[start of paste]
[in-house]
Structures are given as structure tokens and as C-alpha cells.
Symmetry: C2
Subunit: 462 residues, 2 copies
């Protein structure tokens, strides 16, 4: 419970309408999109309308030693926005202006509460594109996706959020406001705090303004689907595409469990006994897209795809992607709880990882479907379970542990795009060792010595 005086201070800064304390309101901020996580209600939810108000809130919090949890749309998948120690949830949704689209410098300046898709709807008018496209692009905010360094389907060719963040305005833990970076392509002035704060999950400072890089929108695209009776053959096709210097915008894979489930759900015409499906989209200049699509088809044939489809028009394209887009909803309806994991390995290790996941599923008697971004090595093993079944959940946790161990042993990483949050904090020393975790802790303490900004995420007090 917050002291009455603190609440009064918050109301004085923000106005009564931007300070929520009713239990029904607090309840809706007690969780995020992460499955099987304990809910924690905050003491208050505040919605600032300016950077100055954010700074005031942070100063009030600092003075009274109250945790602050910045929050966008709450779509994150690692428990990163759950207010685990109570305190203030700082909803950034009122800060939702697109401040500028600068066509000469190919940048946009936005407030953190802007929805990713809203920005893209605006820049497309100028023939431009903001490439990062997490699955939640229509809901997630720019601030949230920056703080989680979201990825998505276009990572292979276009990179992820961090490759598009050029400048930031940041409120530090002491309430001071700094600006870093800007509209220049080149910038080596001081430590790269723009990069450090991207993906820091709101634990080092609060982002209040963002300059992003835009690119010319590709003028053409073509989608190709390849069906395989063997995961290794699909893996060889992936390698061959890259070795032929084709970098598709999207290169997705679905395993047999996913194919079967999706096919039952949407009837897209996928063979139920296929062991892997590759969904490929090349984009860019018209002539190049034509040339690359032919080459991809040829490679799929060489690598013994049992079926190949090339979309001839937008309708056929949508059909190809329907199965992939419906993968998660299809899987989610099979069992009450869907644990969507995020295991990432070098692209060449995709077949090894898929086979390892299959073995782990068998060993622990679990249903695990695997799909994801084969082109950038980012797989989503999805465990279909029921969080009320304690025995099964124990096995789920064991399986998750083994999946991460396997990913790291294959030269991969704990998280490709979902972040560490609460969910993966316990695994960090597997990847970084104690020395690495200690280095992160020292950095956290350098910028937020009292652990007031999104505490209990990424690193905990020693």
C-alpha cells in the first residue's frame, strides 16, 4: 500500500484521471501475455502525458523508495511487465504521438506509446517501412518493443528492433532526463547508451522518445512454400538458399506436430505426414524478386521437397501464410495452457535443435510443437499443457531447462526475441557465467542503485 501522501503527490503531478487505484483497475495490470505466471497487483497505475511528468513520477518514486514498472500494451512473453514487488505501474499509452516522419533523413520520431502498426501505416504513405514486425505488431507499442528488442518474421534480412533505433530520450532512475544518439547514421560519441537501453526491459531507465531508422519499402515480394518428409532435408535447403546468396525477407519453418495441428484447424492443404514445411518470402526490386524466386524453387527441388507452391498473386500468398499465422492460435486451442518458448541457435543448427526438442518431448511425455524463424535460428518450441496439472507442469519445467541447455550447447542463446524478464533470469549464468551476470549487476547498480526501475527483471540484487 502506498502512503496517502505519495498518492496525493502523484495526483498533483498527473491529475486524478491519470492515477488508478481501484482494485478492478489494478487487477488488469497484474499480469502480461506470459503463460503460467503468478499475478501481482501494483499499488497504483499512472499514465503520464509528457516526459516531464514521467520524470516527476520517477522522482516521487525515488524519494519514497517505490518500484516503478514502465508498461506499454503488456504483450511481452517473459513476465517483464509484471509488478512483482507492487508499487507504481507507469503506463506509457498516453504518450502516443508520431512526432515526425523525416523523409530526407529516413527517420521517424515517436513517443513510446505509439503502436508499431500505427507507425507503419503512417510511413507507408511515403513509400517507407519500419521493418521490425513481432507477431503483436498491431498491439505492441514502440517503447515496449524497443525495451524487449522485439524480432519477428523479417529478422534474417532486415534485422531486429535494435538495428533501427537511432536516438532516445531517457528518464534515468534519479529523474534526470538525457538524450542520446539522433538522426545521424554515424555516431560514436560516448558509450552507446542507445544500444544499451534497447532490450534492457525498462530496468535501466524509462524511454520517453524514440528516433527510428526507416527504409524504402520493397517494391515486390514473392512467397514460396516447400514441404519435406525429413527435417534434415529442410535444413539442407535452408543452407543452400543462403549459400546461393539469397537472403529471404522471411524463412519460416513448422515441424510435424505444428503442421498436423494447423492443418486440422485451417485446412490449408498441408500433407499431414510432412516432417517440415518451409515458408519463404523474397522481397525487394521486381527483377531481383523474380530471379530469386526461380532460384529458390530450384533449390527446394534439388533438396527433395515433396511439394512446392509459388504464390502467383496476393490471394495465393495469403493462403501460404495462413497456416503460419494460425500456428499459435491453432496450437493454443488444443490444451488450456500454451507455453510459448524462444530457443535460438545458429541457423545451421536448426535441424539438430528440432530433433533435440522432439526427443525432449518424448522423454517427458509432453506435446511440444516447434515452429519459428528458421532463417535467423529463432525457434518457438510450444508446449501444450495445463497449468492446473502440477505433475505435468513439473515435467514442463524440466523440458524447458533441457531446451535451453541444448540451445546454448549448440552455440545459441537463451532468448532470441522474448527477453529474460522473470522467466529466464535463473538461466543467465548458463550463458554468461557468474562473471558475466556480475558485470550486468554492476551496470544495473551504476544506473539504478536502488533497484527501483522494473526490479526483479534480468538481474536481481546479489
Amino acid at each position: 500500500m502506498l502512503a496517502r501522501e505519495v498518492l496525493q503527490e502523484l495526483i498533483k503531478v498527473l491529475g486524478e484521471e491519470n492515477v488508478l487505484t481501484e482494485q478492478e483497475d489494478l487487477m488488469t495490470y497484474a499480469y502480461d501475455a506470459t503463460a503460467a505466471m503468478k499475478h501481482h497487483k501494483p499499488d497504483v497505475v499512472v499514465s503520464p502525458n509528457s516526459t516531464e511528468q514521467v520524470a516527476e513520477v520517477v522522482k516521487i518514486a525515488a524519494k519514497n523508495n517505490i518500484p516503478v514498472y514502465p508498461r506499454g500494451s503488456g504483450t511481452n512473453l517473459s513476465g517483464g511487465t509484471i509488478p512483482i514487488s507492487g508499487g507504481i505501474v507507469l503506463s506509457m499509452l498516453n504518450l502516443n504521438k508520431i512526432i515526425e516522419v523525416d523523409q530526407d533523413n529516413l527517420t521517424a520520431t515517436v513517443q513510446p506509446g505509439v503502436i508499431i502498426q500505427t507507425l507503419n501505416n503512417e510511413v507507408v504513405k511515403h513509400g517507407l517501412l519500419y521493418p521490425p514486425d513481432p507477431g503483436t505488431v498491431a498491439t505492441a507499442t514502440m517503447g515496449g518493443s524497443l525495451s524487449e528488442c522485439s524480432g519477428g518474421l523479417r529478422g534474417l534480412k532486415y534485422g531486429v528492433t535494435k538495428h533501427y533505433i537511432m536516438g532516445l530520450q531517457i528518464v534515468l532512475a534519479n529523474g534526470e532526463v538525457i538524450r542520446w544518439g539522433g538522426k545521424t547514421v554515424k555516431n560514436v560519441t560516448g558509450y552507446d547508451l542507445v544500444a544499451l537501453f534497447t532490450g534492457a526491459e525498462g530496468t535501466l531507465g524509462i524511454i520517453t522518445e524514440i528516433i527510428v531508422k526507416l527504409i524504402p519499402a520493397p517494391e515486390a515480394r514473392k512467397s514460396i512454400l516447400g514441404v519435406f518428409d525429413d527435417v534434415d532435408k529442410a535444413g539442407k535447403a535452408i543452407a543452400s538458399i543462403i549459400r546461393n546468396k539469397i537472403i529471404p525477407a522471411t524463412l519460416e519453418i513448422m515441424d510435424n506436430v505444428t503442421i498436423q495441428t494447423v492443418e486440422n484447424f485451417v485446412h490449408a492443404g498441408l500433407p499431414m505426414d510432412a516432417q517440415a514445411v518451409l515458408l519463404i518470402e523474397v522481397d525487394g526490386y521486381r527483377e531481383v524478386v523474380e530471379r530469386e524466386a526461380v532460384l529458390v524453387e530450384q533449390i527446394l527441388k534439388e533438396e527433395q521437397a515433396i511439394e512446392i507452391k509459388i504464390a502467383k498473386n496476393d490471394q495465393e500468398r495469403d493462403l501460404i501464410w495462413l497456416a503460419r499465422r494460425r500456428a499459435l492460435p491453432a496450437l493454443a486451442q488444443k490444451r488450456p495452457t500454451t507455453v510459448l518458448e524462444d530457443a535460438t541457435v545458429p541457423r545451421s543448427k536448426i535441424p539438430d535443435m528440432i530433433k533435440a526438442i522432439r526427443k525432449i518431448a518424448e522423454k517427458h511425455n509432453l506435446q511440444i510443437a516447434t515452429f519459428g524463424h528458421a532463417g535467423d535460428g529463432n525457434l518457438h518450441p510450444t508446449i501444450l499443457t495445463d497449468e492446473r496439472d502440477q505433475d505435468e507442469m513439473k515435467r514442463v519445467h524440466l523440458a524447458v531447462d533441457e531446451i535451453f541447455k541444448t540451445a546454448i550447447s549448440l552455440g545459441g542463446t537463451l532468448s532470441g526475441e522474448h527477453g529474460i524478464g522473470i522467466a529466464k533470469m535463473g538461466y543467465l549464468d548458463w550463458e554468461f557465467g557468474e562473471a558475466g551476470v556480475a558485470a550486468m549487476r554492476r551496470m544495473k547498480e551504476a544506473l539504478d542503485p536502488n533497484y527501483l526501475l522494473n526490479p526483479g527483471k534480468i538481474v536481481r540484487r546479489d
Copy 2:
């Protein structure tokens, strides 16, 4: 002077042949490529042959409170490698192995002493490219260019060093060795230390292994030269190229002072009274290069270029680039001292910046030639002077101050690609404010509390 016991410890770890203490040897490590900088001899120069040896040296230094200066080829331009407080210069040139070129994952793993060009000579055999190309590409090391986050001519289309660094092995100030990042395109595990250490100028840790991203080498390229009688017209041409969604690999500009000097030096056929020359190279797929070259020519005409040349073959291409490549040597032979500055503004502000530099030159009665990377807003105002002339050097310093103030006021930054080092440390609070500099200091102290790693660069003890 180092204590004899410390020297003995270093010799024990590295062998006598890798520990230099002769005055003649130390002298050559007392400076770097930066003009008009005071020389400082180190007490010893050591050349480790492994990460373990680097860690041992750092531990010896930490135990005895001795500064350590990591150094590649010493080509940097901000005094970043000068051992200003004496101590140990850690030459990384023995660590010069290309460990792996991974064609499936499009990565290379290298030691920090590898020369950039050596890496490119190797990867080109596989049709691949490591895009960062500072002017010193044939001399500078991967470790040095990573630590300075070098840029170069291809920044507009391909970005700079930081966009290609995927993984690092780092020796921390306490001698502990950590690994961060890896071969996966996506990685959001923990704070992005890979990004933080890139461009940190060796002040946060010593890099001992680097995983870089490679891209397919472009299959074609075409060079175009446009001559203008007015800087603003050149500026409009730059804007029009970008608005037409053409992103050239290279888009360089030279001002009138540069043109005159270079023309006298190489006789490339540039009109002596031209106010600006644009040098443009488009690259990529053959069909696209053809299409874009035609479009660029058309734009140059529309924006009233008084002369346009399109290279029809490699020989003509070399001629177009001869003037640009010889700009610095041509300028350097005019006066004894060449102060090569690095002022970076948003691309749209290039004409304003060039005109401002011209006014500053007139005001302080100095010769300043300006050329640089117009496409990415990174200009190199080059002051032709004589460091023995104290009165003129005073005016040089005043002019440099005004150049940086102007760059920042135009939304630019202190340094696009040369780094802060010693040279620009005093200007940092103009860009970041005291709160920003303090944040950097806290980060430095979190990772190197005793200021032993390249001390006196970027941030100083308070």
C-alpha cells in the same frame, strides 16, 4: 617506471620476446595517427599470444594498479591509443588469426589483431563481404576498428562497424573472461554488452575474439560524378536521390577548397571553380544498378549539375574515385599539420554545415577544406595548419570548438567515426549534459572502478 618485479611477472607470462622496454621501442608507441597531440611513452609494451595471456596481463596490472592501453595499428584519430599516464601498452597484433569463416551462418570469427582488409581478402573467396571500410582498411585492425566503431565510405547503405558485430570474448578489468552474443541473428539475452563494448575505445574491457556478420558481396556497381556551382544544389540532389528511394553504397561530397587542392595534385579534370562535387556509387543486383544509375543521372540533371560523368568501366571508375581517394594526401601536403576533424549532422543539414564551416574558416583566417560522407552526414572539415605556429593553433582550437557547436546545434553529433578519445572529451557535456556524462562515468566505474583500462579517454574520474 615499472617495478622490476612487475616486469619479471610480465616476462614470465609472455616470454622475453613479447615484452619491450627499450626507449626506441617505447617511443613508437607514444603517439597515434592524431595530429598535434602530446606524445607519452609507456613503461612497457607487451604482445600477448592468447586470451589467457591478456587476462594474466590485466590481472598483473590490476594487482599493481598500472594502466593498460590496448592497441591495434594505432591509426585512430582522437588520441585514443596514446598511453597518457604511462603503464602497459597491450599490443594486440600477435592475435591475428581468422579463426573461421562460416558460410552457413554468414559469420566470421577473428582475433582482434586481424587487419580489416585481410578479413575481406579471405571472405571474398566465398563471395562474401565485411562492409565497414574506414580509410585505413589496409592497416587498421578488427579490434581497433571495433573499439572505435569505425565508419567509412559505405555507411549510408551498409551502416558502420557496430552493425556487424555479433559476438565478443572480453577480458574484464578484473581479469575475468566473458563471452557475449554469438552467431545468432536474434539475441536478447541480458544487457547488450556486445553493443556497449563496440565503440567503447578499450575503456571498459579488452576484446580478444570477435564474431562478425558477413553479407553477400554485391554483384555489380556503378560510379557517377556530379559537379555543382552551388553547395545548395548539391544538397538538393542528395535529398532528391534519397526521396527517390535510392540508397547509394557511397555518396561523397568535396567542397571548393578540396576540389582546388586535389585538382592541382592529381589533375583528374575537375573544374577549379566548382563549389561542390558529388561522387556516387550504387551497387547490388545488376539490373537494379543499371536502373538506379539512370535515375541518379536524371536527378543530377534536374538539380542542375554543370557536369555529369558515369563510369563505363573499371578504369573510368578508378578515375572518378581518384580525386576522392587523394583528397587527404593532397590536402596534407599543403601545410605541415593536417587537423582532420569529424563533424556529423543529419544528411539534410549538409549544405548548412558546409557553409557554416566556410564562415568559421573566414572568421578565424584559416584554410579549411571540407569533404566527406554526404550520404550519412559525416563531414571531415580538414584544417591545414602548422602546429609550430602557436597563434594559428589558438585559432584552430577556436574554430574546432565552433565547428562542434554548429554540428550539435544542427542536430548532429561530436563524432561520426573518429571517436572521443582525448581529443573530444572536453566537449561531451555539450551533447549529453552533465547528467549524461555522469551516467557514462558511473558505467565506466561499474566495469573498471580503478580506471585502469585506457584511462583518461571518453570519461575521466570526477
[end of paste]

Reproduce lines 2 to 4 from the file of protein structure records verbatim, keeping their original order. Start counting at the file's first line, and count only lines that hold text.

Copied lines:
Structures are given as structure tokens and as C-alpha cells.
Symmetry: C2
Subunit: 462 residues, 2 copies